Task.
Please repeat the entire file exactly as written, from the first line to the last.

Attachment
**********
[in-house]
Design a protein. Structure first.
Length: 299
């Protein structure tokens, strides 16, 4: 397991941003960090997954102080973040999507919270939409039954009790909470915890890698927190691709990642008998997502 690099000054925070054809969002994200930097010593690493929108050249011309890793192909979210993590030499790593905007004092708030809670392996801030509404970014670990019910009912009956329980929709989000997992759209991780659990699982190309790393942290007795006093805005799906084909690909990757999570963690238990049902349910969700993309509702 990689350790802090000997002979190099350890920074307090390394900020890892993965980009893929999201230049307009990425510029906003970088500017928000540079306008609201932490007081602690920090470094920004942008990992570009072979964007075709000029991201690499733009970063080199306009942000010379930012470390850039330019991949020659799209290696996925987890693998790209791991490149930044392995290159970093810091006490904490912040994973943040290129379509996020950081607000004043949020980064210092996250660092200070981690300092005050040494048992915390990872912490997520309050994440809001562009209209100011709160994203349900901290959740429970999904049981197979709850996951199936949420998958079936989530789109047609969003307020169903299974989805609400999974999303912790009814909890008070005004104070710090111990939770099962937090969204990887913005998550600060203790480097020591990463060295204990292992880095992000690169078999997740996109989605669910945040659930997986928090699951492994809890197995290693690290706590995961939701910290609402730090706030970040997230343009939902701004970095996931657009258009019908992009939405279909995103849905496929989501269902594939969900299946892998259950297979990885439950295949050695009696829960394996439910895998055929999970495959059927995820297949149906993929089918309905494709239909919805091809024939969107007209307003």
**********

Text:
[in-house]
Design a protein. Structure first.
Length: 299
């Protein structure tokens, strides 16, 4: 397991941003960090997954102080973040999507919270939409039954009790909470915890890698927190691709990642008998997502 690099000054925070054809969002994200930097010593690493929108050249011309890793192909979210993590030499790593905007004092708030809670392996801030509404970014670990019910009912009956329980929709989000997992759209991780659990699982190309790393942290007795006093805005799906084909690909990757999570963690238990049902349910969700993309509702 990689350790802090000997002979190099350890920074307090390394900020890892993965980009893929999201230049307009990425510029906003970088500017928000540079306008609201932490007081602690920090470094920004942008990992570009072979964007075709000029991201690499733009970063080199306009942000010379930012470390850039330019991949020659799209290696996925987890693998790209791991490149930044392995290159970093810091006490904490912040994973943040290129379509996020950081607000004043949020980064210092996250660092200070981690300092005050040494048992915390990872912490997520309050994440809001562009209209100011709160994203349900901290959740429970999904049981197979709850996951199936949420998958079936989530789109047609969003307020169903299974989805609400999974999303912790009814909890008070005004104070710090111990939770099962937090969204990887913005998550600060203790480097020591990463060295204990292992880095992000690169078999997740996109989605669910945040659930997986928090699951492994809890197995290693690290706590995961939701910290609402730090706030970040997230343009939902701004970095996931657009258009019908992009939405279909995103849905496929989501269902594939969900299946892998259950297979990885439950295949050695009696829960394996439910895998055929999970495959059927995820297949149906993929089918309905494709239909919805091809024939969107007209307003």